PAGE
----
Galloylglucose and Gallotannin Biosynthesis

The biosynthetic pathways of galloylglucoses and gallotannins are well-known due to the work by Georg G. Gross and collaborators in the 1990’s

The main pathway in the formation of 1,2,3,4,6-penta-O-galloylglucose. The letter G is used to describe a galloyl unit.

The main pathway in the formation of 1,2,3,4,6-penta-O-galloylglucose. The letter G is used to describe a galloyl unit.

The galloyl glucose and GT pathways look relatively simple, since larger tannins are synthesized by adding new galloyl groups into the smaller ones. However, there is clear position-specificity in the galloylation steps and this primarily dictates the main galloylglucose structures formed in plant cells. This knowledge is useful to take into account in the structure elucidation of the galloylglucose series.

The biogenesis of GGs (the main pathway shown in Fig. 5) starts with 1-O-galloyl-β-D-glucose (1-GG) as the first metabolite. This compound – more familiarly known as β-glucogallin – is formed via the esterification of gallic acid and activated UDP-glucose. In addition to being the first metabolite in the GG pathway, β-glucogallin also serves as the main acyl donor in the formation of other higher galloylated GGs; gallic acid as such is used only in the biosynthesis of β-glucogallin.

For instance, the biosynthesis of 1,6-di-O-galloyl-β-D-glucose (1,6-di-GG) needs two molecules of β-glucogallin, of which one serves as a galloyl donor and the other as an acceptor. Interestingly, also 1,6-di-GG has been shown to have the potential to donate its 1-galloyl moiety, especially for the formation of the next GG metabolite 1,2,6-tri-O-galloyl-β-D-glucose (1,2,6-tri-GG). Since both β-glucogallin and 1,6-di-GG require different acyltransferases in order to function as acyl donors in the galloylation processes, the choice of the acyl donor is based partly on the enzymes present in a plant. However, it has been suggested that the significance of β-glucogallin-independent reactions is negligible in comparison to the reactions involved in the main pathway, described in Fig. 5. Furthermore, Hagenah and & Gross (1993) found that the enzyme that catalysed the β-glucogallin-dependent galloylation of 1,2,6-tri-GG to 1,2,3,6-tetra-O-galloyl-β-D-glucose (1,2,3,6-tetra-GG), catalysed also the galloylation of 1,3,6-tri-O-galloylglucose to the same tetragalloylglucose, but with 12-fold efficiency. Because of these differences in reaction rates, it is possible that some intermediates of the main pathway are formed via an alternative route to that shown in Fig. 5, but these alternative intermediates cannot be found as major metabolites in plants due to their high turnover rates.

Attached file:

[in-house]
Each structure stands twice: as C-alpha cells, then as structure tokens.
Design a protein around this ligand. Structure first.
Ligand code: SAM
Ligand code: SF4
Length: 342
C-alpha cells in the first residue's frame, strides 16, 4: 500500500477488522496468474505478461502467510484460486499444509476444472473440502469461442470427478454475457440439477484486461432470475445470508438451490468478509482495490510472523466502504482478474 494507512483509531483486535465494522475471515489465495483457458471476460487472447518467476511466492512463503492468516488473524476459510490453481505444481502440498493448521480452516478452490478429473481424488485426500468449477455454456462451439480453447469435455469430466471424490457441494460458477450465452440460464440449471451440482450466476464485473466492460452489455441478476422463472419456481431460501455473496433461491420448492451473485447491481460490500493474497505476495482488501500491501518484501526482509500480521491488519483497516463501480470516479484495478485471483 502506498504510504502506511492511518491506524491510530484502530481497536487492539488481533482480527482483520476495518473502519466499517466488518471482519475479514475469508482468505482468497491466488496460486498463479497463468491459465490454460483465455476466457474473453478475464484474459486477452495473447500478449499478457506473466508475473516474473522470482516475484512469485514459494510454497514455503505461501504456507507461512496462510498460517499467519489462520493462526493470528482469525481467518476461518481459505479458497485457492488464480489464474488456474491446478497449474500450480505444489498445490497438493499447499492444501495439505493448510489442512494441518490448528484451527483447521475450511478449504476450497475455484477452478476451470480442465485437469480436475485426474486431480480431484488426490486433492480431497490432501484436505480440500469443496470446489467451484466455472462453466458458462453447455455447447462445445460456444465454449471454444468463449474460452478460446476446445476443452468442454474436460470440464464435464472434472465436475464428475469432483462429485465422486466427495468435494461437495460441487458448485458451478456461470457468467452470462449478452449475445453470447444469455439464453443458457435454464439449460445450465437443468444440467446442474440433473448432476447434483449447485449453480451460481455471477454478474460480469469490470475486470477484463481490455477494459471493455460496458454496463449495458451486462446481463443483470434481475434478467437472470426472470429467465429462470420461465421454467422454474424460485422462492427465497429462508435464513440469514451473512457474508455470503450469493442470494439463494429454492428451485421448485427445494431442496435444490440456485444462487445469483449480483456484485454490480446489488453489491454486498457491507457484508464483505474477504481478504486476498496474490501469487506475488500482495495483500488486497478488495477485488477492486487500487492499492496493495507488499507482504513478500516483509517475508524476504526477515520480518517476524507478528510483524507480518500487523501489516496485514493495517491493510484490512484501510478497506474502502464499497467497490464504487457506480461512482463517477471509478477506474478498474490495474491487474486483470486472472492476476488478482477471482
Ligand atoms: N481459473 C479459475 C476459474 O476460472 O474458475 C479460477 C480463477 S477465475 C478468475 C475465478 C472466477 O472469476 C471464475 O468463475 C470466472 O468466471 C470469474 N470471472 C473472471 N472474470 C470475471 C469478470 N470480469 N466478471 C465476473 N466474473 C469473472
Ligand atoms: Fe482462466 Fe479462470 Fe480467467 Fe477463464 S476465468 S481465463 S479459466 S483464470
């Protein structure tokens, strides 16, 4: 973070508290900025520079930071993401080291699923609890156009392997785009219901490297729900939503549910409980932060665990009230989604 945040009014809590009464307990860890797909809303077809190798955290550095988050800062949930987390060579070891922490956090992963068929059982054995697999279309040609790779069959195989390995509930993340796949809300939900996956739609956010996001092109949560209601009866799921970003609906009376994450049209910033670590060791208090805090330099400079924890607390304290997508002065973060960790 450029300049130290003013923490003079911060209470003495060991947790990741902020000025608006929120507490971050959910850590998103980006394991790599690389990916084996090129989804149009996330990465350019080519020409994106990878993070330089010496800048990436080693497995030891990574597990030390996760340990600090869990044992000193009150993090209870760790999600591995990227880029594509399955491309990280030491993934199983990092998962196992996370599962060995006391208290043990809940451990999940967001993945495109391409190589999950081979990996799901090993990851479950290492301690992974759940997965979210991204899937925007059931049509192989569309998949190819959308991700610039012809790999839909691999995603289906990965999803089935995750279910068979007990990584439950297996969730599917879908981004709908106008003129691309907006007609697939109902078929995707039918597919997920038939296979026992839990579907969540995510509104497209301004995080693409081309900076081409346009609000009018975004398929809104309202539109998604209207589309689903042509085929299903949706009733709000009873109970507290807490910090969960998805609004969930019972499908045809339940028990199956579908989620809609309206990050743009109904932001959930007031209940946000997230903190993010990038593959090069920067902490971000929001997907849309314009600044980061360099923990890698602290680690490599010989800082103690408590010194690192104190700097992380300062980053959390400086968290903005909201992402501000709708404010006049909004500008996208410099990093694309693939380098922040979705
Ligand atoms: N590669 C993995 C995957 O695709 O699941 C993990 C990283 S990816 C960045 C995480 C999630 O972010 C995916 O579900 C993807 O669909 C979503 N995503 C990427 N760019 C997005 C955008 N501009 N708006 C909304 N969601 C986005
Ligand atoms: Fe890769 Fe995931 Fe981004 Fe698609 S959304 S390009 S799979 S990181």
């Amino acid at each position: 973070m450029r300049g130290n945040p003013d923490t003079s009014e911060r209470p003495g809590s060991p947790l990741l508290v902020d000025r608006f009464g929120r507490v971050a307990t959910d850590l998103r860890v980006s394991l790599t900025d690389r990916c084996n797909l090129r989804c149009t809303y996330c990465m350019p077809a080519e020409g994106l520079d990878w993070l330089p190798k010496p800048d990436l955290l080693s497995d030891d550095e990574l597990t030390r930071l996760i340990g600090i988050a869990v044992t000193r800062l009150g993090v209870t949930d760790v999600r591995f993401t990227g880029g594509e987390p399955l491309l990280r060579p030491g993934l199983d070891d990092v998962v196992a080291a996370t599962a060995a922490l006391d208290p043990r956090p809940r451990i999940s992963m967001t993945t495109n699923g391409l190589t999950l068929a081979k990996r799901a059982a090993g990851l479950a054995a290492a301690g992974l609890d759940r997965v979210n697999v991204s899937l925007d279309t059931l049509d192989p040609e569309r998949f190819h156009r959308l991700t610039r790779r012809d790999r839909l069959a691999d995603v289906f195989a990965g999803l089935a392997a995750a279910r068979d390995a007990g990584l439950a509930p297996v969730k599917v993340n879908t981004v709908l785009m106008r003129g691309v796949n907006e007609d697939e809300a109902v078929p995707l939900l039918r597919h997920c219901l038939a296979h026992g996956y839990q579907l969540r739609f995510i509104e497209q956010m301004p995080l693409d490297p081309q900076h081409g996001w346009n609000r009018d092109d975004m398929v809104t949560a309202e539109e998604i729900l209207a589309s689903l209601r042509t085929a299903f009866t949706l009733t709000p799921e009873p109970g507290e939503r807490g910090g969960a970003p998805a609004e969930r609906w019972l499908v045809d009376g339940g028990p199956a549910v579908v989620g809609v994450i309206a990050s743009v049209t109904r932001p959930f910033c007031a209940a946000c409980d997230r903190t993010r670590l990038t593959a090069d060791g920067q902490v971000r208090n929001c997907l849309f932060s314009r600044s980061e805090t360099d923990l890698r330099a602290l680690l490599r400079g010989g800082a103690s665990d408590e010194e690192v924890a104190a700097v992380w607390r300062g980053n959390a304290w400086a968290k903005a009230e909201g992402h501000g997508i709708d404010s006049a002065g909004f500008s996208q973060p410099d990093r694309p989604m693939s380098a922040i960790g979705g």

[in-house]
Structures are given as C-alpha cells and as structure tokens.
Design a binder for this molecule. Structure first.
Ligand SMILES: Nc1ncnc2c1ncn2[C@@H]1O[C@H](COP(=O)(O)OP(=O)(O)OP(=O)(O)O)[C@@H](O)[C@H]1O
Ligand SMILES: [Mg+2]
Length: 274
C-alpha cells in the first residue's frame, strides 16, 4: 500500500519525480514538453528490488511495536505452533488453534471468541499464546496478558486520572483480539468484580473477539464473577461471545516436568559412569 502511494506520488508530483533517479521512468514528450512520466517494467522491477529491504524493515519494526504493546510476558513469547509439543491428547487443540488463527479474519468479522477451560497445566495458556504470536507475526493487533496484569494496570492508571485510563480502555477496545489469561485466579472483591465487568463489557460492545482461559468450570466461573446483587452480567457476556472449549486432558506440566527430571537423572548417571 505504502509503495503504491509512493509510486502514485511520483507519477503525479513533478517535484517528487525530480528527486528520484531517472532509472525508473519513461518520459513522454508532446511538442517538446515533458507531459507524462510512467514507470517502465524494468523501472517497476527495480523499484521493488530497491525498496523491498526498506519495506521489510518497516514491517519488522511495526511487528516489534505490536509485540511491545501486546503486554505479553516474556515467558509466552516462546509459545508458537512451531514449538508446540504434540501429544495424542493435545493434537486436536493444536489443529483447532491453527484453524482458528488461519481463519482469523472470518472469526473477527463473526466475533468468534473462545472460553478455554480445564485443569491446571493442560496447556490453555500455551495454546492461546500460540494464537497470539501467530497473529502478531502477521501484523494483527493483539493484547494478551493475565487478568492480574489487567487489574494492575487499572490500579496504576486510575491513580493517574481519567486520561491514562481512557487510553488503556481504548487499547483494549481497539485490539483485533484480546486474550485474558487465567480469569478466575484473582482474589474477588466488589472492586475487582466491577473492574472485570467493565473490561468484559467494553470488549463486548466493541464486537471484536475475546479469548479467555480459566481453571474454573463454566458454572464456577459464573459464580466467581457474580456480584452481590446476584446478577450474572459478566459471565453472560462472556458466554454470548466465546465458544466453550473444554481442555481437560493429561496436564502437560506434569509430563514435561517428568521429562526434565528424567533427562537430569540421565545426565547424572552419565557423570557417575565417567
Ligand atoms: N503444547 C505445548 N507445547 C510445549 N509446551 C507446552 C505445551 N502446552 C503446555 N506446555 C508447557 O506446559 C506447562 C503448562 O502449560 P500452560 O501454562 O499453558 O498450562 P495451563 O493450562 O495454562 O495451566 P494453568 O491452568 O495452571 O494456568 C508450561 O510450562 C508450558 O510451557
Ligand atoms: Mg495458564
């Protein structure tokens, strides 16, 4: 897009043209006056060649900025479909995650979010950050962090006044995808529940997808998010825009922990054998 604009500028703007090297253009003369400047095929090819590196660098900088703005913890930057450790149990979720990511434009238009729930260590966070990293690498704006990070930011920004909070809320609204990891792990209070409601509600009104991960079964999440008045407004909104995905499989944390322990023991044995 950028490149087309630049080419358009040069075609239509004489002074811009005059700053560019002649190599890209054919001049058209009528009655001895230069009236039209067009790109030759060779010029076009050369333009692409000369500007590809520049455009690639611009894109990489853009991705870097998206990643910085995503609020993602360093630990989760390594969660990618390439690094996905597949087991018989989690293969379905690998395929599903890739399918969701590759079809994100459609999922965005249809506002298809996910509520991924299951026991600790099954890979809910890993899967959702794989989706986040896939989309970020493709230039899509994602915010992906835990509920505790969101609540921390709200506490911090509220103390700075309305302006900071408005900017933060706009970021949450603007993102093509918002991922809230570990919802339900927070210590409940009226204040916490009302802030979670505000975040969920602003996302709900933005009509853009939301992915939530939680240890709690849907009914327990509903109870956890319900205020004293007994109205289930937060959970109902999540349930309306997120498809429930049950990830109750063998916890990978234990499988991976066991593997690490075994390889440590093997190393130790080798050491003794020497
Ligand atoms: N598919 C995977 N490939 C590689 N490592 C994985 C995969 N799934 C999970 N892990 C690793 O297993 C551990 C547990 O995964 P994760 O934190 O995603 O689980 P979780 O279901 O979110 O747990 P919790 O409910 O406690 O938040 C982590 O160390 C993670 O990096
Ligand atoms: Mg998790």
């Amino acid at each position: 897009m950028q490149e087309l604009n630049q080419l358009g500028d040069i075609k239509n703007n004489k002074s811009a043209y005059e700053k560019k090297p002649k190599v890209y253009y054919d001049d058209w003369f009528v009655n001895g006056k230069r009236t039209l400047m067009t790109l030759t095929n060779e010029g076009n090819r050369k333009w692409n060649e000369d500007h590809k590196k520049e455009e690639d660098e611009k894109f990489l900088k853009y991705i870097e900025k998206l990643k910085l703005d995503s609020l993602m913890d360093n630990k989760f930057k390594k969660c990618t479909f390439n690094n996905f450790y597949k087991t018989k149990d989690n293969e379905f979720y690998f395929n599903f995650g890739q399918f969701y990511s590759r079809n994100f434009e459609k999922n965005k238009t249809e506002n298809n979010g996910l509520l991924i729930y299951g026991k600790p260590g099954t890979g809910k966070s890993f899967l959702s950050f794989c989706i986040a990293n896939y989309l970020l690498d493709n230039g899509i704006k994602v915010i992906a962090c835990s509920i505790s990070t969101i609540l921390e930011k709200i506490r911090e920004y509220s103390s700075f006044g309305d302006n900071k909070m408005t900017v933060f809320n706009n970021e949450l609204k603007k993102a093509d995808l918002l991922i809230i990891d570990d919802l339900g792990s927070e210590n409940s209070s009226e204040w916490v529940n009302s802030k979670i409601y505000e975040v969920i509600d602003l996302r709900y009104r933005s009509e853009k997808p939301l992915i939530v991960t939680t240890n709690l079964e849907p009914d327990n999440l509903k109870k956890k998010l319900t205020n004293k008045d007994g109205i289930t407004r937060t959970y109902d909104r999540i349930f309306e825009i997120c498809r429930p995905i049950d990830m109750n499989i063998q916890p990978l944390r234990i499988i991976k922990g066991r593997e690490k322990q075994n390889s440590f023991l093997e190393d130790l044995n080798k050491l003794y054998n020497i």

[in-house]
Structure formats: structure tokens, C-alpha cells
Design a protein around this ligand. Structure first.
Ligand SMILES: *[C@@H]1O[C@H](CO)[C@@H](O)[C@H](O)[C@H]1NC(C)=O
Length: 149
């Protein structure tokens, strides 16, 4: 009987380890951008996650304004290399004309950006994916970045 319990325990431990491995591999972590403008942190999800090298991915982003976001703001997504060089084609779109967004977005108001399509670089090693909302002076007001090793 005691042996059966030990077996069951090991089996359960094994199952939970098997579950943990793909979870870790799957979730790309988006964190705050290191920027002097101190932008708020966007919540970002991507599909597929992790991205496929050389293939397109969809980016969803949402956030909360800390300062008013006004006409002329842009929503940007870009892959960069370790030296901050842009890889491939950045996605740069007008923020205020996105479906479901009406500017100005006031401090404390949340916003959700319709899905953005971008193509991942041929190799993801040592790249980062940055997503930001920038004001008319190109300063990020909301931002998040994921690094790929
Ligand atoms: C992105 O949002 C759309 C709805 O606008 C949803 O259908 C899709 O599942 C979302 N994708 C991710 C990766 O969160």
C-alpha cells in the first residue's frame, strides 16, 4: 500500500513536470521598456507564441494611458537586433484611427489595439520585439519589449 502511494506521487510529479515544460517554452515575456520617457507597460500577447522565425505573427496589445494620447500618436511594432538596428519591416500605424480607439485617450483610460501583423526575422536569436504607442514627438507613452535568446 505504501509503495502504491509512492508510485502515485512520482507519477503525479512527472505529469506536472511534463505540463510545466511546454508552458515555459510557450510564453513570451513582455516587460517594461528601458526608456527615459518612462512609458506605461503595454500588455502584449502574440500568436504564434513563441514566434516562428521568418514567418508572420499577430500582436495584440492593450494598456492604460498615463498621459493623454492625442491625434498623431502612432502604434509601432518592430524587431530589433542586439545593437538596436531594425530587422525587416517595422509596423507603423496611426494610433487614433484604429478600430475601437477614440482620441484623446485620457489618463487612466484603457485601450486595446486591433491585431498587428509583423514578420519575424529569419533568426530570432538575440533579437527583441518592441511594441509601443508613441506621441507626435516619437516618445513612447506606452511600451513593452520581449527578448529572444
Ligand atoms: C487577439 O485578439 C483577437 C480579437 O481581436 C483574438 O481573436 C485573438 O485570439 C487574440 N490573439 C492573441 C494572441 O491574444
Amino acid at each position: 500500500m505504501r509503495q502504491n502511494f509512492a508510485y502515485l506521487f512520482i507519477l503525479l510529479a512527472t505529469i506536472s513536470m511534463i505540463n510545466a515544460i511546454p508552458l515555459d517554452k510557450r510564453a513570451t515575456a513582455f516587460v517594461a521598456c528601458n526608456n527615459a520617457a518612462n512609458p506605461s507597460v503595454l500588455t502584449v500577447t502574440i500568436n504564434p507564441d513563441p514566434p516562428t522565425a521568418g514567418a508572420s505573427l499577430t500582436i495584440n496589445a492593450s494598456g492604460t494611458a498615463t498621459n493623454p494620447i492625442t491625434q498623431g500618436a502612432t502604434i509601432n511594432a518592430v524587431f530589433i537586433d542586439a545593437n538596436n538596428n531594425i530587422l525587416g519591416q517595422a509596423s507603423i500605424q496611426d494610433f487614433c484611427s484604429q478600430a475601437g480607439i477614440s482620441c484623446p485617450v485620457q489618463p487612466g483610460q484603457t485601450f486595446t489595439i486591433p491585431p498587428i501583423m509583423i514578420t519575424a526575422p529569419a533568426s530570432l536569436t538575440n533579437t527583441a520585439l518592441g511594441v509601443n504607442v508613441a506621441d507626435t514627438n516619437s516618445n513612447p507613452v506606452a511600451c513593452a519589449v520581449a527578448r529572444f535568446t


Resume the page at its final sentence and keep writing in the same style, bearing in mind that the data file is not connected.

The formation of GTs from PGG has been evidenced by several enzymological studies (Hofmann and & Gross, 1990; Niemetz and & Gross, 1998, 1999, 2001). In all cases, the enzymes depended on the presence of 1-GG as the acyl donor. However, the high position-specificity found in the consecutive galloylations of simple GGs (1-galloyl > 6-galloyl > 2-galloyl > 3-galloyl  4-galloyl) is not as characteristic for the formation of GTs. Niemetz and & Gross (1999) found that the galloyltransferase most reactive in acylating PGG in the 4-position, acylated the 2-position instead, if the 4-position was already substituted with a digalloyl group. On the contrary, the galloyltransferase that preferentially galloylated PGG in the 3-position, catalysed further galloylation of 3-O-digalloyl-1,2,4,6-tetra-O-galloylglucose to afford the corresponding heptagalloylglucose being characterised by a 3-O-trigalloylgroup. The expected sequential synthesis of hexa,- hepta,- and octagalloylglucoses has been proven also by time-course experiments in vitro using enzyme preparations from leaves of Rhus typhina L. in the presence of PGG and β-glucogallin.